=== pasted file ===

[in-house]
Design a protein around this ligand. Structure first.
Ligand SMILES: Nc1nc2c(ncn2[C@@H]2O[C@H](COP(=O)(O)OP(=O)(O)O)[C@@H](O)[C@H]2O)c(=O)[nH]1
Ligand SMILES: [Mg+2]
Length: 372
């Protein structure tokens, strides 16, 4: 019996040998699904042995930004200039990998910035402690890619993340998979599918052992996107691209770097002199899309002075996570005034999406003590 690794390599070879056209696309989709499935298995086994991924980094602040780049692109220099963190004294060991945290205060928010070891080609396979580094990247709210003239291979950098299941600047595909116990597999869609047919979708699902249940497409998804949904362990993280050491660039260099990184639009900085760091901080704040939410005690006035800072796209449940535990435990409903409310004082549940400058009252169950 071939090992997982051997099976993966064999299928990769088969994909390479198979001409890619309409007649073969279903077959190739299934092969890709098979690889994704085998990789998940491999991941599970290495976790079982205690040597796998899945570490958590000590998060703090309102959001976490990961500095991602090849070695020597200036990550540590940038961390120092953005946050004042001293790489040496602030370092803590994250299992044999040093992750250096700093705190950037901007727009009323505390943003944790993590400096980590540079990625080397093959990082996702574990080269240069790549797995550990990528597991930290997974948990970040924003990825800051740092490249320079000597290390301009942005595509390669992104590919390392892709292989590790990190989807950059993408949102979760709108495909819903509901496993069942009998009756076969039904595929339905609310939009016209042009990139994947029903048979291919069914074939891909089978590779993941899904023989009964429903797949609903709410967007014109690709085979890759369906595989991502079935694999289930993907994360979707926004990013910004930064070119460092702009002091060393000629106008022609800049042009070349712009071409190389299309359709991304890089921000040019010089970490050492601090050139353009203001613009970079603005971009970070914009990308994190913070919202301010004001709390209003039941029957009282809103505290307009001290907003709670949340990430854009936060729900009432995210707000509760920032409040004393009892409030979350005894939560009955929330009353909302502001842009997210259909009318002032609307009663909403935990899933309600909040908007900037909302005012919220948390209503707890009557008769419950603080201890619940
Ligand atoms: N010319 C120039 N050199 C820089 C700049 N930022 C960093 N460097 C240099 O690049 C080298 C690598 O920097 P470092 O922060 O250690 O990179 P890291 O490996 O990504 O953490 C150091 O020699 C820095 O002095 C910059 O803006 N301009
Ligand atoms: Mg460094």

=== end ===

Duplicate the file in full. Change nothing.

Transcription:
[in-house]
Design a protein around this ligand. Structure first.
Ligand SMILES: Nc1nc2c(ncn2[C@@H]2O[C@H](COP(=O)(O)OP(=O)(O)O)[C@@H](O)[C@H]2O)c(=O)[nH]1
Ligand SMILES: [Mg+2]
Length: 372
């Protein structure tokens, strides 16, 4: 019996040998699904042995930004200039990998910035402690890619993340998979599918052992996107691209770097002199899309002075996570005034999406003590 690794390599070879056209696309989709499935298995086994991924980094602040780049692109220099963190004294060991945290205060928010070891080609396979580094990247709210003239291979950098299941600047595909116990597999869609047919979708699902249940497409998804949904362990993280050491660039260099990184639009900085760091901080704040939410005690006035800072796209449940535990435990409903409310004082549940400058009252169950 071939090992997982051997099976993966064999299928990769088969994909390479198979001409890619309409007649073969279903077959190739299934092969890709098979690889994704085998990789998940491999991941599970290495976790079982205690040597796998899945570490958590000590998060703090309102959001976490990961500095991602090849070695020597200036990550540590940038961390120092953005946050004042001293790489040496602030370092803590994250299992044999040093992750250096700093705190950037901007727009009323505390943003944790993590400096980590540079990625080397093959990082996702574990080269240069790549797995550990990528597991930290997974948990970040924003990825800051740092490249320079000597290390301009942005595509390669992104590919390392892709292989590790990190989807950059993408949102979760709108495909819903509901496993069942009998009756076969039904595929339905609310939009016209042009990139994947029903048979291919069914074939891909089978590779993941899904023989009964429903797949609903709410967007014109690709085979890759369906595989991502079935694999289930993907994360979707926004990013910004930064070119460092702009002091060393000629106008022609800049042009070349712009071409190389299309359709991304890089921000040019010089970490050492601090050139353009203001613009970079603005971009970070914009990308994190913070919202301010004001709390209003039941029957009282809103505290307009001290907003709670949340990430854009936060729900009432995210707000509760920032409040004393009892409030979350005894939560009955929330009353909302502001842009997210259909009318002032609307009663909403935990899933309600909040908007900037909302005012919220948390209503707890009557008769419950603080201890619940
Ligand atoms: N010319 C120039 N050199 C820089 C700049 N930022 C960093 N460097 C240099 O690049 C080298 C690598 O920097 P470092 O922060 O250690 O990179 P890291 O490996 O990504 O953490 C150091 O020699 C820095 O002095 C910059 O803006 N301009
Ligand atoms: Mg460094």